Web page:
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Risk

6/24/2010
06:24 PM
George V. Hulme
George V. Hulme
Commentary
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iPhone iOS 4 Security

Apple iPhone hit the streets today. I happened to be one of the lucky few who had his delivered by FedEx on Wednesday. So I had some time to kick around with it a bit, and took a look at its (lack) of new security features.

Apple iPhone hit the streets today. I happened to be one of the lucky few who had his delivered by FedEx on Wednesday. So I had some time to kick around with it a bit, and took a look at its (lack) of new security features.Fortunately, I managed to avoid the morning iPhone line madness that colleague Eric Zeman endured, bribes for a place in line and all. Luckily, I haven't suffered any problems with the glitch antenna that some report, either. And while the screen is bright and brilliant, FaceTime is nifty, and I like how this phone feels and fits in the hand more than the previous design - I'm still curious how to keep the data it holds secure.

And I'm not talking about the 65 security flaws Apple patched for the new iOS 4 operating system. Some of those were nasty, including the ability for attackers to grab control of infected devices. These types and numbers of security patches are just the state of application development today, and until development is treated more like an engineering discipline us users of gadgets and IT tools are just going to have to endure.

I'm more interested in how securely an iPhone (security flaws aside, all platforms have them) can slide into the enterprise or be used by someone who has data they need protected. With iOS 4, Apple takes a step in the right direction, but not quite enough.

The iPhone has always had the ability to secure the device by a screen passcode. But not the ability to natively secure specific files. Now, with iOS 4 users can encrypt data with a passcode to specifically protect e-mails and attachments stored on the phone. Apple boasts, in its marketing literature, that one can set "a long, complex passcode to make iPhone even more secure." If someone gets a hold of your phone, a single long passcode isn't going to get the job done if they really want at your data. In addition, with SSL VPN support, iPhone users can also access enterprise applications through an encrypted tunnel.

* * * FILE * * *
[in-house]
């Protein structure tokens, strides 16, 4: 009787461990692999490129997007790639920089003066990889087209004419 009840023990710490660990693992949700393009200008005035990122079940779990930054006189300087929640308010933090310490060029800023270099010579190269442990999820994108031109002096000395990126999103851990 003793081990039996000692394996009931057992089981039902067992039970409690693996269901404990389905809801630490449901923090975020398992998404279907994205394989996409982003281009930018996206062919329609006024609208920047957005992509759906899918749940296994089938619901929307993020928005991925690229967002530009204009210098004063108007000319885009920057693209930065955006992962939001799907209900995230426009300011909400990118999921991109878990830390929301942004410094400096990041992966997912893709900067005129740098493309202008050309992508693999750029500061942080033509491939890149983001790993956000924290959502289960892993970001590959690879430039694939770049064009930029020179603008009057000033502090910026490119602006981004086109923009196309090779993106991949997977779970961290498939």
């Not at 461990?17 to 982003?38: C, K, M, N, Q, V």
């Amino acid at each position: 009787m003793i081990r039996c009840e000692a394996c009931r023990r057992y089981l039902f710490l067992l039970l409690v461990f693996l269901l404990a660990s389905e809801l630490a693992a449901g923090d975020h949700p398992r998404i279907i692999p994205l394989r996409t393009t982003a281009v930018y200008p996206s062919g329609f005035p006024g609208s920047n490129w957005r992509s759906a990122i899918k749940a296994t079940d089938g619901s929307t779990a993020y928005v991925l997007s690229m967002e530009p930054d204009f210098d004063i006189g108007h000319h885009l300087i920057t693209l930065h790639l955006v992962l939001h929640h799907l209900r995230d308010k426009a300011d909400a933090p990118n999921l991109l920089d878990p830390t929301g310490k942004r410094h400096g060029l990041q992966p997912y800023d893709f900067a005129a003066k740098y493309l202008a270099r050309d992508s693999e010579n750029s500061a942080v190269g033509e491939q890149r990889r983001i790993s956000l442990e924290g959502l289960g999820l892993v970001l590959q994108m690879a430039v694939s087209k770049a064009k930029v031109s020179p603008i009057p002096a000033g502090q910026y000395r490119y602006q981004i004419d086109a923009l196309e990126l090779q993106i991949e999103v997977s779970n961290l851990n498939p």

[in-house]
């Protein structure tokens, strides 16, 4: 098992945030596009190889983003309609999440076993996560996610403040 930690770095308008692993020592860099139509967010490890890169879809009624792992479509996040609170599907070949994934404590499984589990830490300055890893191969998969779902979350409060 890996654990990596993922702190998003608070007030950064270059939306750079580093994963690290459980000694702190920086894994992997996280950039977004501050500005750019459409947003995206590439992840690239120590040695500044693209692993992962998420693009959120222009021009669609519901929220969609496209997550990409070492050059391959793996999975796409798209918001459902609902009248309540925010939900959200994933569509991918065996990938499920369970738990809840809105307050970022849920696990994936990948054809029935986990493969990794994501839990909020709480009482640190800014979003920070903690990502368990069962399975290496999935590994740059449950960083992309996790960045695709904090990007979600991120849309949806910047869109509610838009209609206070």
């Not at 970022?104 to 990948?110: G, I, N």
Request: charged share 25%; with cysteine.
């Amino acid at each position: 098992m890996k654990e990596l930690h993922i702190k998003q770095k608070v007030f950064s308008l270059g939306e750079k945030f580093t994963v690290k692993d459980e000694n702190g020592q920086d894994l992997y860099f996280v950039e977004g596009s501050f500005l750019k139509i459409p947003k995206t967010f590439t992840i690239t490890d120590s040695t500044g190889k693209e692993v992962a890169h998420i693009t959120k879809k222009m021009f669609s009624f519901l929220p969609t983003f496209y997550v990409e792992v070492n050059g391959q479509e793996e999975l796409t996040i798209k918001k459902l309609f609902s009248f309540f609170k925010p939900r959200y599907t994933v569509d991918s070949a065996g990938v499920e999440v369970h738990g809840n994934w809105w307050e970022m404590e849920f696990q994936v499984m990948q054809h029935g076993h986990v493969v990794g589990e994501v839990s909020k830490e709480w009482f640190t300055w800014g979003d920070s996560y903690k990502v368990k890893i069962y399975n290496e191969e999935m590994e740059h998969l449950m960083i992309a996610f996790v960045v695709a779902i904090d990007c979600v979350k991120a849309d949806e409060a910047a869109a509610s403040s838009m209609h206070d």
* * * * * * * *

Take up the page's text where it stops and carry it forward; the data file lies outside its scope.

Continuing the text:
Good moves, no doubt. But many have commented on how easily iPhone encryption can be bypassed. I'd like to see Apple be more transparent about how the encryption is implemented. No doubt, we will get reports from security researchers in the weeks ahead. And I hope to see that the encryption scheme has improved.

I'd also like to see the ability to encrypt entire applications and other types of data on the phone. Encrypting e-mail and attachments is nice - but there's plenty of other applications that I may want to encrypt, too. And Apple currently provides no way to get that granular.

Apple has also made the API for its encryption available to developers. That's another great step. And I hope to see applications take advantage of the new security capabilities soon - but I don't want to have to rely on each application to provide its own type of security mechanisms. It's important Apple provide a number of these security enhancements as global capabilities.

The iPhone has been around for a few years now, it's way past time Apple step up its security game a bit more than it has so far.

for my security and technology observations throughout the day, find me on Twitter.

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